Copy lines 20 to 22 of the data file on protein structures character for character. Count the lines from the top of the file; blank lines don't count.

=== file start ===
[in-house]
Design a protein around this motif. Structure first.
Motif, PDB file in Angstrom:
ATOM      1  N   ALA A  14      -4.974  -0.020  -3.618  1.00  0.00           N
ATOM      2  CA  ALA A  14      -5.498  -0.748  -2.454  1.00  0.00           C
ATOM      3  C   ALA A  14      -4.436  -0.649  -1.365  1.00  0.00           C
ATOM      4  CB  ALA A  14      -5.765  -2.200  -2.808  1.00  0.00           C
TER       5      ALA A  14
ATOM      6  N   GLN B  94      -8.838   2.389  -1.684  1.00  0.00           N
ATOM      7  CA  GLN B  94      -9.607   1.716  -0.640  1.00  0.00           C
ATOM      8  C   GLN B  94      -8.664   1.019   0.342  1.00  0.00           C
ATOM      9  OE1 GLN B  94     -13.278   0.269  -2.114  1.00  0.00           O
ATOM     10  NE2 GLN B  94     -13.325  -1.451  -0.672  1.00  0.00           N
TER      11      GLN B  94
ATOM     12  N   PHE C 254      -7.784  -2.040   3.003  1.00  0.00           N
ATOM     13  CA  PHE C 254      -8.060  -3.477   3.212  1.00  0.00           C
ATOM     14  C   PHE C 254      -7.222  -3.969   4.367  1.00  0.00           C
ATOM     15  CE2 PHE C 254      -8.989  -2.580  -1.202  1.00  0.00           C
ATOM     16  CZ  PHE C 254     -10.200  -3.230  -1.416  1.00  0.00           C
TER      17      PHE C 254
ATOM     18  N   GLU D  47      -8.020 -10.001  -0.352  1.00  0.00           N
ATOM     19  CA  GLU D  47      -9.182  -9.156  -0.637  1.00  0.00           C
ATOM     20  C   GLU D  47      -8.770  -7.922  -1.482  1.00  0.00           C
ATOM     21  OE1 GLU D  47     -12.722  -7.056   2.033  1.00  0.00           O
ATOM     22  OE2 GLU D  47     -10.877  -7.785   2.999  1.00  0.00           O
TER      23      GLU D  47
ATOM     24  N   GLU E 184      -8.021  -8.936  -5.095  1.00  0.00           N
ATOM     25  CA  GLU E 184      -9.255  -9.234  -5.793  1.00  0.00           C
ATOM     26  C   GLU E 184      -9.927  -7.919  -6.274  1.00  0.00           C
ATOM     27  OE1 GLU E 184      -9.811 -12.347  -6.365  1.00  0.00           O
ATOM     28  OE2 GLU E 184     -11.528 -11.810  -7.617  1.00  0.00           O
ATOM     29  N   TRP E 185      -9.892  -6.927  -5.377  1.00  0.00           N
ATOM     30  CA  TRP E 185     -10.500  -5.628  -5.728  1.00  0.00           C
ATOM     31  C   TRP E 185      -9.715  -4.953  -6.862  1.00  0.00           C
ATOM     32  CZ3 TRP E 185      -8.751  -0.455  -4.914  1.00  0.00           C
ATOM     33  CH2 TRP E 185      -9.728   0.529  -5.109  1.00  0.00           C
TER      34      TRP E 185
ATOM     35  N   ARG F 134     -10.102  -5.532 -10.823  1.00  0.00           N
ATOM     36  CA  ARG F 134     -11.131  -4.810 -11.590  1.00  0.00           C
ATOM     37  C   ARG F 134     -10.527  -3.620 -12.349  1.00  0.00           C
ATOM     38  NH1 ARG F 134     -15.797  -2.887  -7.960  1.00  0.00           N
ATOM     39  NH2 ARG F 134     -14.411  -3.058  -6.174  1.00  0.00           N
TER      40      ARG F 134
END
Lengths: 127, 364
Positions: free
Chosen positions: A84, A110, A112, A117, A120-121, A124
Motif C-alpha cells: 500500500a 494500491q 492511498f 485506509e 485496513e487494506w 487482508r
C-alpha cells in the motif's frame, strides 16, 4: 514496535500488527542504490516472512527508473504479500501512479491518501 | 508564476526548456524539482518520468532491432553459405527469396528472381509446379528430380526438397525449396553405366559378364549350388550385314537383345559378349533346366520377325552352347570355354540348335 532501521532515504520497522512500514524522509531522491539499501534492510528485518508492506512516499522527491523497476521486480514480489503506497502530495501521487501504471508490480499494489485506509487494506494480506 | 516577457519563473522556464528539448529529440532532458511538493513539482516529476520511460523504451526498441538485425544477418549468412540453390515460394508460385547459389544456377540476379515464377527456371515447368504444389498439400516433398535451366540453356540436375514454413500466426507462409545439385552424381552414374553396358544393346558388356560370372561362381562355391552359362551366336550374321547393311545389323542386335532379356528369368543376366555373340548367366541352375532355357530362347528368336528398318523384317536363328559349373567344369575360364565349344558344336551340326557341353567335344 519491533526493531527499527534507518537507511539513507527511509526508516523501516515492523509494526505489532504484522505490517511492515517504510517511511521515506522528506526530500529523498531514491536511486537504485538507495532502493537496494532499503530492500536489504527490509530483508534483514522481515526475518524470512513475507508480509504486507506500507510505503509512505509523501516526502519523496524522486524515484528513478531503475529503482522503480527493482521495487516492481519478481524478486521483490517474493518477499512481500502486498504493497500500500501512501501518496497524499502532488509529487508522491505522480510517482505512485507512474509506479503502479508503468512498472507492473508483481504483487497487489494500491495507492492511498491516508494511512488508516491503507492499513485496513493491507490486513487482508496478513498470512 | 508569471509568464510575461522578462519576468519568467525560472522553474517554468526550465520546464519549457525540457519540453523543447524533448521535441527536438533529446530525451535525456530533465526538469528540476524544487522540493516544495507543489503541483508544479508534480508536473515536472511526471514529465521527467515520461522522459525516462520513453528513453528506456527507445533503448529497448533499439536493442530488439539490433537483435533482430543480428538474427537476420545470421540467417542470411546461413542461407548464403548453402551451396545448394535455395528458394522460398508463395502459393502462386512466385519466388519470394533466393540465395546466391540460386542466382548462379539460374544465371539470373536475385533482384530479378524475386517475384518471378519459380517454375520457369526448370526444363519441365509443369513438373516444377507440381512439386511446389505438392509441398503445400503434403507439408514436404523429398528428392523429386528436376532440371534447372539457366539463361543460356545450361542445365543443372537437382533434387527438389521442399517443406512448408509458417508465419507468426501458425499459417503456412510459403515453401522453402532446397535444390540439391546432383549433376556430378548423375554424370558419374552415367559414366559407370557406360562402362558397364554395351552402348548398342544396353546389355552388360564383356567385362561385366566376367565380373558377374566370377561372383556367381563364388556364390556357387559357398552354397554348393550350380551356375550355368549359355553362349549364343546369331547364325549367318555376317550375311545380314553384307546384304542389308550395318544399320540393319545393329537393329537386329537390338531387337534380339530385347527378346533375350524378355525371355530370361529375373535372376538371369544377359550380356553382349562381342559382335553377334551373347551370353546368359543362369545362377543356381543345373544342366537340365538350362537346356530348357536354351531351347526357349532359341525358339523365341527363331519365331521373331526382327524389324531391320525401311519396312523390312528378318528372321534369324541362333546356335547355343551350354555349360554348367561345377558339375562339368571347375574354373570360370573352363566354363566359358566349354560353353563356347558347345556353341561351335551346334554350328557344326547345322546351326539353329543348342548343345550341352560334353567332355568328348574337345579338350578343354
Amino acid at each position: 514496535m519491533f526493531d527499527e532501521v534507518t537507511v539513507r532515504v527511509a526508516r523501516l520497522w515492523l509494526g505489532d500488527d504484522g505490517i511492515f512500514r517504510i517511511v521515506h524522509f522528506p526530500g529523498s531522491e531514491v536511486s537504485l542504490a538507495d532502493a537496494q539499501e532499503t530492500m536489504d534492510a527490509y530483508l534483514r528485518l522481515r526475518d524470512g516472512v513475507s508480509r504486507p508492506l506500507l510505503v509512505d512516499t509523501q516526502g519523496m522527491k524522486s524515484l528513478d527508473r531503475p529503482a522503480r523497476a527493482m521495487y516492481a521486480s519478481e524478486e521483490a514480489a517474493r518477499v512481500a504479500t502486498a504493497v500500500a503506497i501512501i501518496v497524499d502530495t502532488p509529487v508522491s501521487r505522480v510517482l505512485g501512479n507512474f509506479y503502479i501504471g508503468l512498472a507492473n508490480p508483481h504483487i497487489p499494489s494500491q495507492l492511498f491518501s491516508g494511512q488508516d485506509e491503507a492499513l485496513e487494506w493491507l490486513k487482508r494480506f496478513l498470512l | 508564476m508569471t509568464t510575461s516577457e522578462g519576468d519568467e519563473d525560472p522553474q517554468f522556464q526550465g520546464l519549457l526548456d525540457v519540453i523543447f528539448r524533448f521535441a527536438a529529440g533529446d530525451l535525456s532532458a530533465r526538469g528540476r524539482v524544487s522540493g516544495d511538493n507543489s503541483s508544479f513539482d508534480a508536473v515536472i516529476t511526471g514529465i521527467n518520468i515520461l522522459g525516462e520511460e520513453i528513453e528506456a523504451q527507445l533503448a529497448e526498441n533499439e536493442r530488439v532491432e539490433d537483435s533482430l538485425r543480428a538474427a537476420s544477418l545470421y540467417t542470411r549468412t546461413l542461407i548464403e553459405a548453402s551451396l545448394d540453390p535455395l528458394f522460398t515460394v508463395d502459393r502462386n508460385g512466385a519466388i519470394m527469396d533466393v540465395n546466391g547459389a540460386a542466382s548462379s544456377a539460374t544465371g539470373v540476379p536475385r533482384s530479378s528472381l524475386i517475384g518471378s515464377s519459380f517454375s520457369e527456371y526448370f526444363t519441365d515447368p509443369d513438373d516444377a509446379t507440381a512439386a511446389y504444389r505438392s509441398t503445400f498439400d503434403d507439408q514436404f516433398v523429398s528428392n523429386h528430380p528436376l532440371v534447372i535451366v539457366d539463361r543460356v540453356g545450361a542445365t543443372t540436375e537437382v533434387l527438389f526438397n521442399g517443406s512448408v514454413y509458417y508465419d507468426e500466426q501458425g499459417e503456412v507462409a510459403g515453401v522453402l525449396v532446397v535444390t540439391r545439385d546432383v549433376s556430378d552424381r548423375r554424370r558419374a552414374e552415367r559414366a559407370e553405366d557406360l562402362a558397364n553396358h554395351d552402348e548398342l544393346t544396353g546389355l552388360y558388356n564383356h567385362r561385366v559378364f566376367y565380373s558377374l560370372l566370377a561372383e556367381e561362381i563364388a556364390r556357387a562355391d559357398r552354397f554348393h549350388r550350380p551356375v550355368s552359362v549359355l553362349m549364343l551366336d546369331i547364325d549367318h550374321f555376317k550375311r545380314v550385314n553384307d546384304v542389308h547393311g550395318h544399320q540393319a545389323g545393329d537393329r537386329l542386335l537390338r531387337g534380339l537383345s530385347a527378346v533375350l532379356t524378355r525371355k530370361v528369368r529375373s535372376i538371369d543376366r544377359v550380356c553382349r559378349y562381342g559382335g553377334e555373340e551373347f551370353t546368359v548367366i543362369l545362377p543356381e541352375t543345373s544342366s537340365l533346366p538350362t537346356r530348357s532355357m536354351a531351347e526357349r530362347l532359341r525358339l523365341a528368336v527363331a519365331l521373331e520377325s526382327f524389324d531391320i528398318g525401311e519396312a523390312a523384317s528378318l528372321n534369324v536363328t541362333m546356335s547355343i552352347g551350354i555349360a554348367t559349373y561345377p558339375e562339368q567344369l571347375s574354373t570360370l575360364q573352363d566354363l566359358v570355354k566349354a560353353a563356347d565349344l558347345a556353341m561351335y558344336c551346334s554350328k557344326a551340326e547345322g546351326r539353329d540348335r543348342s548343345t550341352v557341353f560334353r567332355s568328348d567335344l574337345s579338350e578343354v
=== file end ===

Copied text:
TER      17      PHE C 254
ATOM     18  N   GLU D  47      -8.020 -10.001  -0.352  1.00  0.00           N
ATOM     19  CA  GLU D  47      -9.182  -9.156  -0.637  1.00  0.00           C